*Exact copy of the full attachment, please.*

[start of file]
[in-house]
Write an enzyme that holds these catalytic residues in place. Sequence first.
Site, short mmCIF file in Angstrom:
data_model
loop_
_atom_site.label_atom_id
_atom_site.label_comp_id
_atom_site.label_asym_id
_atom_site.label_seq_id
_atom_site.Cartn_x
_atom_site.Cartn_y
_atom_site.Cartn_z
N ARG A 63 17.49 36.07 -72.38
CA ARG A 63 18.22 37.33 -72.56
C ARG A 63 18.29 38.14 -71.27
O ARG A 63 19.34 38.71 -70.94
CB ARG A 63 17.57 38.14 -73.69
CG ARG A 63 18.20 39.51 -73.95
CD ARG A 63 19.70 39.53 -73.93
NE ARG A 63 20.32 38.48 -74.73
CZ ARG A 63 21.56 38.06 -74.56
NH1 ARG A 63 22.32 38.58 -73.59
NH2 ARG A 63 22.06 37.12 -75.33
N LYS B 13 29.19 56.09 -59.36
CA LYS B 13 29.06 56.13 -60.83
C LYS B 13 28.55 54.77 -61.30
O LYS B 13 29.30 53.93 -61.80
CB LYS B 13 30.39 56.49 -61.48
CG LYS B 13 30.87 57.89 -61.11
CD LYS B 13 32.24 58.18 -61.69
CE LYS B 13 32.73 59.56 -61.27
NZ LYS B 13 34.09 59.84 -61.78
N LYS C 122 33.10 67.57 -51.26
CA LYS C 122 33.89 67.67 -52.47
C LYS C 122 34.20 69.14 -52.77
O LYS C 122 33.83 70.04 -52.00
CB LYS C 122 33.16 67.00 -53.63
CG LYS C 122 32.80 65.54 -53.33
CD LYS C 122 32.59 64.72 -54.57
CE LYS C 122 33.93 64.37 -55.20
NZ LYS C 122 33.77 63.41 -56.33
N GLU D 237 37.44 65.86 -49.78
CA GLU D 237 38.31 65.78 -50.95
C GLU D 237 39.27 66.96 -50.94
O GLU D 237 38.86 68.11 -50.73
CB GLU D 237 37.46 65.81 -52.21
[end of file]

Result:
[in-house]
Write an enzyme that holds these catalytic residues in place. Sequence first.
Site, short mmCIF file in Angstrom:
data_model
loop_
_atom_site.label_atom_id
_atom_site.label_comp_id
_atom_site.label_asym_id
_atom_site.label_seq_id
_atom_site.Cartn_x
_atom_site.Cartn_y
_atom_site.Cartn_z
N ARG A 63 17.49 36.07 -72.38
CA ARG A 63 18.22 37.33 -72.56
C ARG A 63 18.29 38.14 -71.27
O ARG A 63 19.34 38.71 -70.94
CB ARG A 63 17.57 38.14 -73.69
CG ARG A 63 18.20 39.51 -73.95
CD ARG A 63 19.70 39.53 -73.93
NE ARG A 63 20.32 38.48 -74.73
CZ ARG A 63 21.56 38.06 -74.56
NH1 ARG A 63 22.32 38.58 -73.59
NH2 ARG A 63 22.06 37.12 -75.33
N LYS B 13 29.19 56.09 -59.36
CA LYS B 13 29.06 56.13 -60.83
C LYS B 13 28.55 54.77 -61.30
O LYS B 13 29.30 53.93 -61.80
CB LYS B 13 30.39 56.49 -61.48
CG LYS B 13 30.87 57.89 -61.11
CD LYS B 13 32.24 58.18 -61.69
CE LYS B 13 32.73 59.56 -61.27
NZ LYS B 13 34.09 59.84 -61.78
N LYS C 122 33.10 67.57 -51.26
CA LYS C 122 33.89 67.67 -52.47
C LYS C 122 34.20 69.14 -52.77
O LYS C 122 33.83 70.04 -52.00
CB LYS C 122 33.16 67.00 -53.63
CG LYS C 122 32.80 65.54 -53.33
CD LYS C 122 32.59 64.72 -54.57
CE LYS C 122 33.93 64.37 -55.20
NZ LYS C 122 33.77 63.41 -56.33
N GLU D 237 37.44 65.86 -49.78
CA GLU D 237 38.31 65.78 -50.95
C GLU D 237 39.27 66.96 -50.94
O GLU D 237 38.86 68.11 -50.73
CB GLU D 237 37.46 65.81 -52.21